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Women-owned and minority-owned businesses are feeling the effects of a working capital crunch more acutely, according to the latest PCA survey.

Working capital crunch afflicts small- and medium-sized U.S. firms

Dun & Bradstreet survey finds demand for financing is rising due to tightening cash flows.

More small and medium-sized U.S. businesses reported more working capital challenges in the last three months than during any other period in the last five years, according to new results from the second quarter 2017 Private Capital Access (PCA) Index report compiled by Dun & Bradstreet and Pepperdine Graziadio School of Business and Management.

The second quarter PCA Index results show that 66% of businesses that were surveyed reported working capital as the reason for seeking financing in the last quarter – an all-time high for the survey since its origination in 2012 and up 22% from the 54% recorded in the second quarter last year.

Women-owned and minority-owned businesses are feeling the effects of a working capital crunch more acutely, the latest survey also found. Both women-owned (72%) and minority-owned (80%) respondents cited working capital challenges as the lead reason for seeking capital during the second quarter this year.

On top of that, 22% of small (less than $5 million in revenue) firms and medium-sized ($5 million to $100 million in revenue) businesses reported that their accounts receivables payments slowed over the past three months, impacting the ability of smaller companies to grow at a much higher rate than their medium-sized counterparts (42% vs. 24%).

Slower accounts receivable payments disproportionately impacted women- and minority-owned businesses, with 47% of women-owned and 44% of minority-owned businesses reporting that their ability to grow was impeded.

“While access to capital for small businesses has steadily increased since the Great Recession, these businesses are still feeling the effects of being the last paid on the totem pole,” noted Bodhi Ganguli, lead economist at Dun & Bradstreet. “While it’s great that banks and alternative lenders are lending at more accessible rates, the capital issues businesses are facing are unfortunately coming from the slowed payments from their business partners. As the Federal Reserve continues to raise the interest rate and the cost of borrowing increases, small businesses will likely feel this crunch more and more.”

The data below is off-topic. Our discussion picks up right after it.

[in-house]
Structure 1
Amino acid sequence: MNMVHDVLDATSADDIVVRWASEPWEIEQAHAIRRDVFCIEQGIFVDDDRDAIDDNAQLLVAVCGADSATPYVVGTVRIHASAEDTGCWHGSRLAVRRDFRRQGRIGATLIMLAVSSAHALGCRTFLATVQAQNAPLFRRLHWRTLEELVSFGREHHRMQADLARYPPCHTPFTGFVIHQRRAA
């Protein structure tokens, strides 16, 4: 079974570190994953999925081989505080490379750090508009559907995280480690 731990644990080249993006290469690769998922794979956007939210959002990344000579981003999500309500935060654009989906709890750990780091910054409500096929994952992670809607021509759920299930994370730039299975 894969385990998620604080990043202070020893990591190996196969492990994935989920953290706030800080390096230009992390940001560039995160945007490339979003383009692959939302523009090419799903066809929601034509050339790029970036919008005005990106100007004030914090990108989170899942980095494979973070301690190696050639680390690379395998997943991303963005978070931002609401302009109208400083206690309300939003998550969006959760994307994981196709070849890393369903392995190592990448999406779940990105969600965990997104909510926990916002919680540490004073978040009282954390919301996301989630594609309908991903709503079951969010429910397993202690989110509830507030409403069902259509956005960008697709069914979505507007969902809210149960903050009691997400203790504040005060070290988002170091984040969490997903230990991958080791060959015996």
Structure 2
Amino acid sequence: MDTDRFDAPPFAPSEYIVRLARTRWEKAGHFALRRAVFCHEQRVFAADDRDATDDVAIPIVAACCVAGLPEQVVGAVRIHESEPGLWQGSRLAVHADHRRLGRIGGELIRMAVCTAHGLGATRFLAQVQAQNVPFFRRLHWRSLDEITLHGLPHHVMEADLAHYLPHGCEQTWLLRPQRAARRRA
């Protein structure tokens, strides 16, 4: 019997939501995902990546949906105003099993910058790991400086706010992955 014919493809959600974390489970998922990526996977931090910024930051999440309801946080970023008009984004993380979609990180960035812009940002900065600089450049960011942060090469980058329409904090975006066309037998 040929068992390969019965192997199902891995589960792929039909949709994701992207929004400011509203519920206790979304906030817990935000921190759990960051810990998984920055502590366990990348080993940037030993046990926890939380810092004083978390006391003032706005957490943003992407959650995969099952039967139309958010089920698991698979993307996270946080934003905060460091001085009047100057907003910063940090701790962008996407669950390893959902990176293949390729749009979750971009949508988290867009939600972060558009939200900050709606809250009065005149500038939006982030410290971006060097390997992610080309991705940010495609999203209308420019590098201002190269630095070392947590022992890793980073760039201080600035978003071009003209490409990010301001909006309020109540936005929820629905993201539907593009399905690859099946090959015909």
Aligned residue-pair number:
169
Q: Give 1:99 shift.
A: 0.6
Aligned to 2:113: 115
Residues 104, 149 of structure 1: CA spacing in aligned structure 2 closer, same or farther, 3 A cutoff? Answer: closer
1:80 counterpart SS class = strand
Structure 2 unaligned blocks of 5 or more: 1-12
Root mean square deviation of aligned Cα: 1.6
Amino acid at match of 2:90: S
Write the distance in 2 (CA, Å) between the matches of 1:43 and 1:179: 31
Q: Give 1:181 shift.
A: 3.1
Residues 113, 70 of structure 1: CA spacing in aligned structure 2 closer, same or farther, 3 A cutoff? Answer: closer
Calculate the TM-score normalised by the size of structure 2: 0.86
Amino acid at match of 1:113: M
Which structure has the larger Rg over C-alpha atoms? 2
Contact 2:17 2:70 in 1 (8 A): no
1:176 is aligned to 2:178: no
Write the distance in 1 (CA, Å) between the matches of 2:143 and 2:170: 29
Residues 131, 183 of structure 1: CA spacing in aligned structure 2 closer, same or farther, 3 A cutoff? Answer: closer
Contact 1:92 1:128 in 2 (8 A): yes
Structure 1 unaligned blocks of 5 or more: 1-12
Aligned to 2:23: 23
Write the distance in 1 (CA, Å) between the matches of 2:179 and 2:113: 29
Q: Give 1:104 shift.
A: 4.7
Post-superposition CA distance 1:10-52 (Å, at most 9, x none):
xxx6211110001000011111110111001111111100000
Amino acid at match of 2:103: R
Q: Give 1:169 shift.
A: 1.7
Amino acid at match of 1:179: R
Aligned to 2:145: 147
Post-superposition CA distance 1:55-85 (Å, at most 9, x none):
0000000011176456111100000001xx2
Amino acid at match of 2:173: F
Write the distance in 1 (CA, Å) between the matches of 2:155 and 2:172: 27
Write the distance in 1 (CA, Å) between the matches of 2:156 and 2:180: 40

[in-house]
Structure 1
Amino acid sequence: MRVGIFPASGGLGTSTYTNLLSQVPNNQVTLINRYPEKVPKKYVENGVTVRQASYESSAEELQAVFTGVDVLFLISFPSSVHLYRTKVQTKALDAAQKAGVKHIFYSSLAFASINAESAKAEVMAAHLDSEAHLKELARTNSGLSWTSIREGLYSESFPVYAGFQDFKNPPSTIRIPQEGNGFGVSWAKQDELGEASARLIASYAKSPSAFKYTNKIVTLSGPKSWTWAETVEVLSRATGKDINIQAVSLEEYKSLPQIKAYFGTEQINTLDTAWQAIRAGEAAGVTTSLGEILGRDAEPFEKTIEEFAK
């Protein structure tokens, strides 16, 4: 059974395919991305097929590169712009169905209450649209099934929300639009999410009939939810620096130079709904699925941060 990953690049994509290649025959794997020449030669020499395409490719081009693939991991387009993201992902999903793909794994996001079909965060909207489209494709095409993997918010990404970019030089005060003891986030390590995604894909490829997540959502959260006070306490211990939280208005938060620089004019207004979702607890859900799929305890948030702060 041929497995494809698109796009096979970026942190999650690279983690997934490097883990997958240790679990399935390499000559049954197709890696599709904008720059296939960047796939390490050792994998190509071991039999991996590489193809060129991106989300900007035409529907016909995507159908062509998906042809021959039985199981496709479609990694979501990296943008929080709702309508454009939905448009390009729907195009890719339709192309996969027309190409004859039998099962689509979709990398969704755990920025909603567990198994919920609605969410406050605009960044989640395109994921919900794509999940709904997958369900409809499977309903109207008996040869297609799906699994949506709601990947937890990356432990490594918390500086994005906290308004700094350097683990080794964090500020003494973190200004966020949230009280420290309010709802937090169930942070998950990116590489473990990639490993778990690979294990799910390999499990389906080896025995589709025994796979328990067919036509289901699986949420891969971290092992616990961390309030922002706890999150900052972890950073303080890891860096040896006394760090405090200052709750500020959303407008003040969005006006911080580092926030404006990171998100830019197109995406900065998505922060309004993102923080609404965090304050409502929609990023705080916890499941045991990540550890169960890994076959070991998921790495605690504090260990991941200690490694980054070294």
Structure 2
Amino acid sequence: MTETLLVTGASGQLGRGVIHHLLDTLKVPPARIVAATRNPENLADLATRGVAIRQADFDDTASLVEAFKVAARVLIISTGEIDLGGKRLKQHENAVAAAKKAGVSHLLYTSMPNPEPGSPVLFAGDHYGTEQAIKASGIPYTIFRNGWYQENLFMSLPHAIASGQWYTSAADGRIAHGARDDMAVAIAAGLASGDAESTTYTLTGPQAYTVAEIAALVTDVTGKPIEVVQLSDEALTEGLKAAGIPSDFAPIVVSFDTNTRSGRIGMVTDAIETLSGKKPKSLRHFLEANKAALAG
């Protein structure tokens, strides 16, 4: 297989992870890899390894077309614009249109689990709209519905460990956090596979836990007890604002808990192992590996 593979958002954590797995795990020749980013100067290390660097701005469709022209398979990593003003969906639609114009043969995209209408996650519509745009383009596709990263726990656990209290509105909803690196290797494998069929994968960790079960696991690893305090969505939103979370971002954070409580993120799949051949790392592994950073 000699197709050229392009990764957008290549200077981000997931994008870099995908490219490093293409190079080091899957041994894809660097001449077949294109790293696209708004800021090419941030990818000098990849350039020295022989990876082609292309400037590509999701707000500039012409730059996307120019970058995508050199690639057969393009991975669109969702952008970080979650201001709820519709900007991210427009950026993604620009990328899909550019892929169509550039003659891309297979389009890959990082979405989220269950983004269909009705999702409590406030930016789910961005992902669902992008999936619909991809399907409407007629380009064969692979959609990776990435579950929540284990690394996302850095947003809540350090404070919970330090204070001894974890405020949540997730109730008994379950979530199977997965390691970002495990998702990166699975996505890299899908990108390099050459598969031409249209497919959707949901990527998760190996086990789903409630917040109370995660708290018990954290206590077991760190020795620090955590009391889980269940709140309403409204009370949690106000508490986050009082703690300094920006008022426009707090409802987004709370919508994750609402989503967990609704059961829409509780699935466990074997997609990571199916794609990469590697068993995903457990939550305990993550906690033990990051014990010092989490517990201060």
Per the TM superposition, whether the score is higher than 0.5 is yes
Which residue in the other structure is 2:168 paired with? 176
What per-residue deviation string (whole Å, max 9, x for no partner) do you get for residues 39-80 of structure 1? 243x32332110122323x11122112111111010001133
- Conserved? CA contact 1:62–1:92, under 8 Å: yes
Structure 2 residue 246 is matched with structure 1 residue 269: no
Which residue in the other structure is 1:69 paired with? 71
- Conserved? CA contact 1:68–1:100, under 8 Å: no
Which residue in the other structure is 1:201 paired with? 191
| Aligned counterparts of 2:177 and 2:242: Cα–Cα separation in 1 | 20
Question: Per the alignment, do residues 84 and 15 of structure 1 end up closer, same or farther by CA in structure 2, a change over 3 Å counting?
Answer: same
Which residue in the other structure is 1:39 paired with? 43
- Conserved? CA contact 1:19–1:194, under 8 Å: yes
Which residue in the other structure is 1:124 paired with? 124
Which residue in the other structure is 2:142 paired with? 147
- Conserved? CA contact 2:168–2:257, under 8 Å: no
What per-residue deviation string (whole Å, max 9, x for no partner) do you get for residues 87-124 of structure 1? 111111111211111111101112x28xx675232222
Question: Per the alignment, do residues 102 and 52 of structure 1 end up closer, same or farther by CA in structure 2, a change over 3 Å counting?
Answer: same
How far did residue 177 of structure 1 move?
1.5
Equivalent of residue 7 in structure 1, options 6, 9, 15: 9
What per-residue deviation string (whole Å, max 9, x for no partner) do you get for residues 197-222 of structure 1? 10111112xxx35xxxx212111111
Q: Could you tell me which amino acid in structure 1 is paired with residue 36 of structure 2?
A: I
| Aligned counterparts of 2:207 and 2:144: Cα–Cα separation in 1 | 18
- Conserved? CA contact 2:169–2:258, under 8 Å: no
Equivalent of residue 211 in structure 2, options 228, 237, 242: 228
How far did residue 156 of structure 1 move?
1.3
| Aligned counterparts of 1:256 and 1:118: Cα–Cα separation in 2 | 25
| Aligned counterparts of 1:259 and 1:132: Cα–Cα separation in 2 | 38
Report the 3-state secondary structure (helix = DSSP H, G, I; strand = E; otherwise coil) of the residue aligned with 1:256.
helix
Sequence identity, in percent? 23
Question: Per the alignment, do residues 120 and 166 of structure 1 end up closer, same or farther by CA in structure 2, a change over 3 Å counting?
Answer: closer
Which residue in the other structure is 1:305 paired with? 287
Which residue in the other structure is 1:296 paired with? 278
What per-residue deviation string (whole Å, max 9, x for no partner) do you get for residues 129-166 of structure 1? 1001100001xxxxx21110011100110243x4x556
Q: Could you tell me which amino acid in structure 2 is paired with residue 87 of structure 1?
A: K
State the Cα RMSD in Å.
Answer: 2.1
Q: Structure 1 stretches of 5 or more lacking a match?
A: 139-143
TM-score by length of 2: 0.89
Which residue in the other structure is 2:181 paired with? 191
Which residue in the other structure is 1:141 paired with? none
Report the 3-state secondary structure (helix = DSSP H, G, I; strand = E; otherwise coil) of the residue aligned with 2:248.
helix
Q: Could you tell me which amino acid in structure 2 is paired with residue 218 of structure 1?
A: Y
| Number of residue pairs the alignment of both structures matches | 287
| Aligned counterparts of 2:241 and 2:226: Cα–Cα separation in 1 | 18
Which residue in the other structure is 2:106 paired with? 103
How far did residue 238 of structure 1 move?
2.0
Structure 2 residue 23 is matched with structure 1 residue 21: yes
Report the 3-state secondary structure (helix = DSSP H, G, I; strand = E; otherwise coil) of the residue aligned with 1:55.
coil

Despite the working capital crunch, however, demand for and access to capital is slightly up for both small and medium-sized businesses year-over-year.

Small companies fared better this quarter than medium-sized companies, Dun & Bradstreet reported, as both demand (up 7.5%) and access (up 1.4%) were higher for small than medium-sized business demand (6.4%) and access (2.8%) compared to the first quarter this year.

Businesses also continued to register concern about the impact of interest rate hikes.

In mid-June, the Federal Reserve instituted the second interest rate hike of 2017, and signaled it would likely institute one more increase in the remainder of 2017 and up to three increases in 2018.

Yet 20% of small businesses had expected the second hike to challenge their ability to access capital, compared to just 7% of their medium-sized counterparts. Additionally, 17% of small businesses and 28% of medium-sized businesses believe increases impact their ability to expand to new markets.

“What we’re seeing is that while small and medium-sized businesses are still able to access capital, they’re realistic about the possibility that interest rate hikes may result in tighter margins and impact their ability to obtain financing in the future,” noted Dr. Craig R. Everett, director of the Pepperdine Private Capital Markets Project. “Business owners can generally handle a one-off rate hike, but the fact that the Fed is acknowledging the very real possibility of four additional increases in the next year and a half, on top of three in the last seven months, is causing greater uncertainty about future ability to expand.”

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